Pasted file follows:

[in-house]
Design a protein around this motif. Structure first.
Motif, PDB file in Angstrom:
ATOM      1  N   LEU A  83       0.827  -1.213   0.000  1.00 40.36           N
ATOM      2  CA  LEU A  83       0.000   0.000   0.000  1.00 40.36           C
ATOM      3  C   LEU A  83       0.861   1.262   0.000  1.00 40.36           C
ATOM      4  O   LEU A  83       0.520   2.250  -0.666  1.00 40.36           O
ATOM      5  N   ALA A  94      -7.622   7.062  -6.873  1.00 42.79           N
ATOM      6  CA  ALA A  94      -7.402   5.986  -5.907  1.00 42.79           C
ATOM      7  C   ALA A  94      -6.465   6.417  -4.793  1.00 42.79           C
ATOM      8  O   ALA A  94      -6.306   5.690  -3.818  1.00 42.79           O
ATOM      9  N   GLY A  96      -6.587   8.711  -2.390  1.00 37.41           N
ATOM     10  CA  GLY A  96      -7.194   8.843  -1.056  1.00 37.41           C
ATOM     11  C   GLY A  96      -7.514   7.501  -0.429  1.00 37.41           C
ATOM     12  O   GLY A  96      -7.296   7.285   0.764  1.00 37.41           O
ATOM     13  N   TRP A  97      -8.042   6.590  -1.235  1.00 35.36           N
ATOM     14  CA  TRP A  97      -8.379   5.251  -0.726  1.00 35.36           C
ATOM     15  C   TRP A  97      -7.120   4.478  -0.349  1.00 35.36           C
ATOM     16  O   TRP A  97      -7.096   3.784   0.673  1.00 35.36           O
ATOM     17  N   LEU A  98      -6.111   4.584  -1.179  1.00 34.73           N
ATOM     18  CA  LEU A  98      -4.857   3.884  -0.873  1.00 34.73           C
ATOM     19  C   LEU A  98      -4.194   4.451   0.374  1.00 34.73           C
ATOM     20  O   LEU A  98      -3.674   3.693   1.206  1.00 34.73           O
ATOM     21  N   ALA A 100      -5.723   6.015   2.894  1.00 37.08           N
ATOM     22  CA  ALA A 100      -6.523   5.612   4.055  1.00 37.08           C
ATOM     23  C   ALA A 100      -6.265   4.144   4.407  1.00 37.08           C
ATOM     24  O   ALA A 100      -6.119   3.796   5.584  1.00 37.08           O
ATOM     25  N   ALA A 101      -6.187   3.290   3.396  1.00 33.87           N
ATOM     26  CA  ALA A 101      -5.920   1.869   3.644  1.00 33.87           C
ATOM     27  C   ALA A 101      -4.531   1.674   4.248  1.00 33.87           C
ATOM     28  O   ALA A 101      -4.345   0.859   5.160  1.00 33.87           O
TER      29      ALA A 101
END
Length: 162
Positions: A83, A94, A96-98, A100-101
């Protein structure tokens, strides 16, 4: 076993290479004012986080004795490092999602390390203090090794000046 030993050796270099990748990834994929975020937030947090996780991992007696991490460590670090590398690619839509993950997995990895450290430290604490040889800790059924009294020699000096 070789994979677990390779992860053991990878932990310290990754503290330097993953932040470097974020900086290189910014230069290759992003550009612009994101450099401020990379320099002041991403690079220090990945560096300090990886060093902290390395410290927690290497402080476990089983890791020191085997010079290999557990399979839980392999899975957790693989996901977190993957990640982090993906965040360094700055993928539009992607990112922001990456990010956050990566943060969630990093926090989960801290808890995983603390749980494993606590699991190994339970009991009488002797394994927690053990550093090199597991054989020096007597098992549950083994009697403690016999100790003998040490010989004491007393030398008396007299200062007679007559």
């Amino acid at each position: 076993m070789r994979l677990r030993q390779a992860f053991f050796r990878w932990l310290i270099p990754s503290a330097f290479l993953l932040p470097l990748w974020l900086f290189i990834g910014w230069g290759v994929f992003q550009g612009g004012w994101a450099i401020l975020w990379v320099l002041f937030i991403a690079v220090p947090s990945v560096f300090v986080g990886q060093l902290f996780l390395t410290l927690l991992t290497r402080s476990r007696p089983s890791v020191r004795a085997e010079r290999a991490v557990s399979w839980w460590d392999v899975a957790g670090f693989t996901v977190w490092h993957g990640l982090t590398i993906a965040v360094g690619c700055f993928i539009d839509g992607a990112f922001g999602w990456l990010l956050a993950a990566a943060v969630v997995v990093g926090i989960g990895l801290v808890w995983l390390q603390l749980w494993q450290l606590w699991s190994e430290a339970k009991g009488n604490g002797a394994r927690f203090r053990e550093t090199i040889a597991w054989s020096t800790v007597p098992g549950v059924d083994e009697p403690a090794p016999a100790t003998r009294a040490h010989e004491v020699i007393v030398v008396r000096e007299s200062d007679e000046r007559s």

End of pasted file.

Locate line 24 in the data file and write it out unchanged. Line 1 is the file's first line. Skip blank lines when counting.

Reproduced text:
ATOM     21  N   ALA A 100      -5.723   6.015   2.894  1.00 37.08           N